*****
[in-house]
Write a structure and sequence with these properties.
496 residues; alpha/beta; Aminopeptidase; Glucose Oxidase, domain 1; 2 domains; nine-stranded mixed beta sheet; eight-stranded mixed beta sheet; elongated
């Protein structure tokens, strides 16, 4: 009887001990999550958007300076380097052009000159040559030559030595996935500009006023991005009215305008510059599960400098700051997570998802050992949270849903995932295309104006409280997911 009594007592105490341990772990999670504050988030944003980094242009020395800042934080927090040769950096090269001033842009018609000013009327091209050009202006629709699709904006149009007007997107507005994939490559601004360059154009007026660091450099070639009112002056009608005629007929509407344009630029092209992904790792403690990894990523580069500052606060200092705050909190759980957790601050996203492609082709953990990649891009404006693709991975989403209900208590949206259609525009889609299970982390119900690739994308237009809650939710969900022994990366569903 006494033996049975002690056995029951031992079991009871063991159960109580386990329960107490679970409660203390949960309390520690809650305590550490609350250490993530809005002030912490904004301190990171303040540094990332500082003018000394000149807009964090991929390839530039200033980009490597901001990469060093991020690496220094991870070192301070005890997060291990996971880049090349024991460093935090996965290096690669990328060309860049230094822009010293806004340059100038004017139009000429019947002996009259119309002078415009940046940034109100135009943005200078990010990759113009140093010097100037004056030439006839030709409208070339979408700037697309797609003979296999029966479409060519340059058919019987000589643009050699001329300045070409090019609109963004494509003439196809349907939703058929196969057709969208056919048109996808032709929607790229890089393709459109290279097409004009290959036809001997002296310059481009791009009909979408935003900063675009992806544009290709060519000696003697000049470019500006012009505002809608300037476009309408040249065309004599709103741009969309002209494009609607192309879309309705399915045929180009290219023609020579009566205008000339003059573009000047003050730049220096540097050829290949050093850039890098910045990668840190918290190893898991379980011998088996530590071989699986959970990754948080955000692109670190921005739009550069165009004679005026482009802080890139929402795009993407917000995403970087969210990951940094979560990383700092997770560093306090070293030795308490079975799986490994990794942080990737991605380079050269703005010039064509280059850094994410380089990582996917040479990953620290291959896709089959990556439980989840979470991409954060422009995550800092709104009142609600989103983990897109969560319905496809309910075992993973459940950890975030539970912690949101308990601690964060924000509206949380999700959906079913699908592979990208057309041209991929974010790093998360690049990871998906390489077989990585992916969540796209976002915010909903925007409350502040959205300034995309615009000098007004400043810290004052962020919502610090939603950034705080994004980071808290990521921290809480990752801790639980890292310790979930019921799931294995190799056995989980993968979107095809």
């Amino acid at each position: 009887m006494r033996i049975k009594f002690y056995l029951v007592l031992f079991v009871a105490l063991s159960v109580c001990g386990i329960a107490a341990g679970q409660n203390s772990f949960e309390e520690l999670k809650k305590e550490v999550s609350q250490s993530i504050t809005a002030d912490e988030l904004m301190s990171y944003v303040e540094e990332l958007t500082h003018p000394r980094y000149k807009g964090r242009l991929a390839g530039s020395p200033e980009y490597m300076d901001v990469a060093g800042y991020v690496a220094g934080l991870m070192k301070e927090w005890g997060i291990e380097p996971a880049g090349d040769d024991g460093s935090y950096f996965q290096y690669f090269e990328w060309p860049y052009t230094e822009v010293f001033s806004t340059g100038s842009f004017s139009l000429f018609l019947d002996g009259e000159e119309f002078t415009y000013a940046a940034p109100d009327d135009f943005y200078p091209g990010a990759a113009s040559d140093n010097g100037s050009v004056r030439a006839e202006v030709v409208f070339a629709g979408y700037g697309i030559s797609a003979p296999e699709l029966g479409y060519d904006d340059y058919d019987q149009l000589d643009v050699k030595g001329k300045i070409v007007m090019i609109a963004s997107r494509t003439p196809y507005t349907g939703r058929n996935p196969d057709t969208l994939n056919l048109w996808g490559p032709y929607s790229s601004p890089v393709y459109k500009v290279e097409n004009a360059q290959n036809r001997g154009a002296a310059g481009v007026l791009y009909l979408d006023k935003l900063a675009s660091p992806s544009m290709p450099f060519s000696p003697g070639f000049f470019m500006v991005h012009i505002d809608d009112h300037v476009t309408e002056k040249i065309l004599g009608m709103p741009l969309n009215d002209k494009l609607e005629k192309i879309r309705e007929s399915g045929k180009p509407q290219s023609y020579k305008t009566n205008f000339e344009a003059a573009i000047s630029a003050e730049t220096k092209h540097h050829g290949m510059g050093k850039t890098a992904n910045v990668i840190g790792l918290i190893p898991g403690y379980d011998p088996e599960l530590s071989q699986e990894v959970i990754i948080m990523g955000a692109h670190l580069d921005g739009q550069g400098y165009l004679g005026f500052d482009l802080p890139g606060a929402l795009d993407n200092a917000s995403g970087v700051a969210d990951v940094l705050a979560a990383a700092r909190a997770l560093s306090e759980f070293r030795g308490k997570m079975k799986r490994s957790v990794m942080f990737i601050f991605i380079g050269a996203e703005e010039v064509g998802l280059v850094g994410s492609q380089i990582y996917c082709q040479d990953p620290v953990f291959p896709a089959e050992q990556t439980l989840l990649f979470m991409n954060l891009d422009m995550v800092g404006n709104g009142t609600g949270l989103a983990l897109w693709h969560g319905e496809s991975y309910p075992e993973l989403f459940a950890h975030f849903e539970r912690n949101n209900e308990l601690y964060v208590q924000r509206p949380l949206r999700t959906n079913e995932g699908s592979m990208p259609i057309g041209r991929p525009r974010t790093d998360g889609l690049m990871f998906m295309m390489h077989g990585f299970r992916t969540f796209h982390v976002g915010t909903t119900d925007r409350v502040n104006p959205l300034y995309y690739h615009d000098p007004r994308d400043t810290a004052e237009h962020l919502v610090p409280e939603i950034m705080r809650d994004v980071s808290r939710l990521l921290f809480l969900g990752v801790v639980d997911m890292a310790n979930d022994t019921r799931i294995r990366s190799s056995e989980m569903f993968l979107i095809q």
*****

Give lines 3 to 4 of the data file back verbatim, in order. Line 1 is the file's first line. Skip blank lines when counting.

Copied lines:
496 residues; alpha/beta; Aminopeptidase; Glucose Oxidase, domain 1; 2 domains; nine-stranded mixed beta sheet; eight-stranded mixed beta sheet; elongated
């Protein structure tokens, strides 16, 4: 009887001990999550958007300076380097052009000159040559030559030595996935500009006023991005009215305008510059599960400098700051997570998802050992949270849903995932295309104006409280997911 009594007592105490341990772990999670504050988030944003980094242009020395800042934080927090040769950096090269001033842009018609000013009327091209050009202006629709699709904006149009007007997107507005994939490559601004360059154009007026660091450099070639009112002056009608005629007929509407344009630029092209992904790792403690990894990523580069500052606060200092705050909190759980957790601050996203492609082709953990990649891009404006693709991975989403209900208590949206259609525009889609299970982390119900690739994308237009809650939710969900022994990366569903 006494033996049975002690056995029951031992079991009871063991159960109580386990329960107490679970409660203390949960309390520690809650305590550490609350250490993530809005002030912490904004301190990171303040540094990332500082003018000394000149807009964090991929390839530039200033980009490597901001990469060093991020690496220094991870070192301070005890997060291990996971880049090349024991460093935090996965290096690669990328060309860049230094822009010293806004340059100038004017139009000429019947002996009259119309002078415009940046940034109100135009943005200078990010990759113009140093010097100037004056030439006839030709409208070339979408700037697309797609003979296999029966479409060519340059058919019987000589643009050699001329300045070409090019609109963004494509003439196809349907939703058929196969057709969208056919048109996808032709929607790229890089393709459109290279097409004009290959036809001997002296310059481009791009009909979408935003900063675009992806544009290709060519000696003697000049470019500006012009505002809608300037476009309408040249065309004599709103741009969309002209494009609607192309879309309705399915045929180009290219023609020579009566205008000339003059573009000047003050730049220096540097050829290949050093850039890098910045990668840190918290190893898991379980011998088996530590071989699986959970990754948080955000692109670190921005739009550069165009004679005026482009802080890139929402795009993407917000995403970087969210990951940094979560990383700092997770560093306090070293030795308490079975799986490994990794942080990737991605380079050269703005010039064509280059850094994410380089990582996917040479990953620290291959896709089959990556439980989840979470991409954060422009995550800092709104009142609600989103983990897109969560319905496809309910075992993973459940950890975030539970912690949101308990601690964060924000509206949380999700959906079913699908592979990208057309041209991929974010790093998360690049990871998906390489077989990585992916969540796209976002915010909903925007409350502040959205300034995309615009000098007004400043810290004052962020919502610090939603950034705080994004980071808290990521921290809480990752801790639980890292310790979930019921799931294995190799056995989980993968979107095809």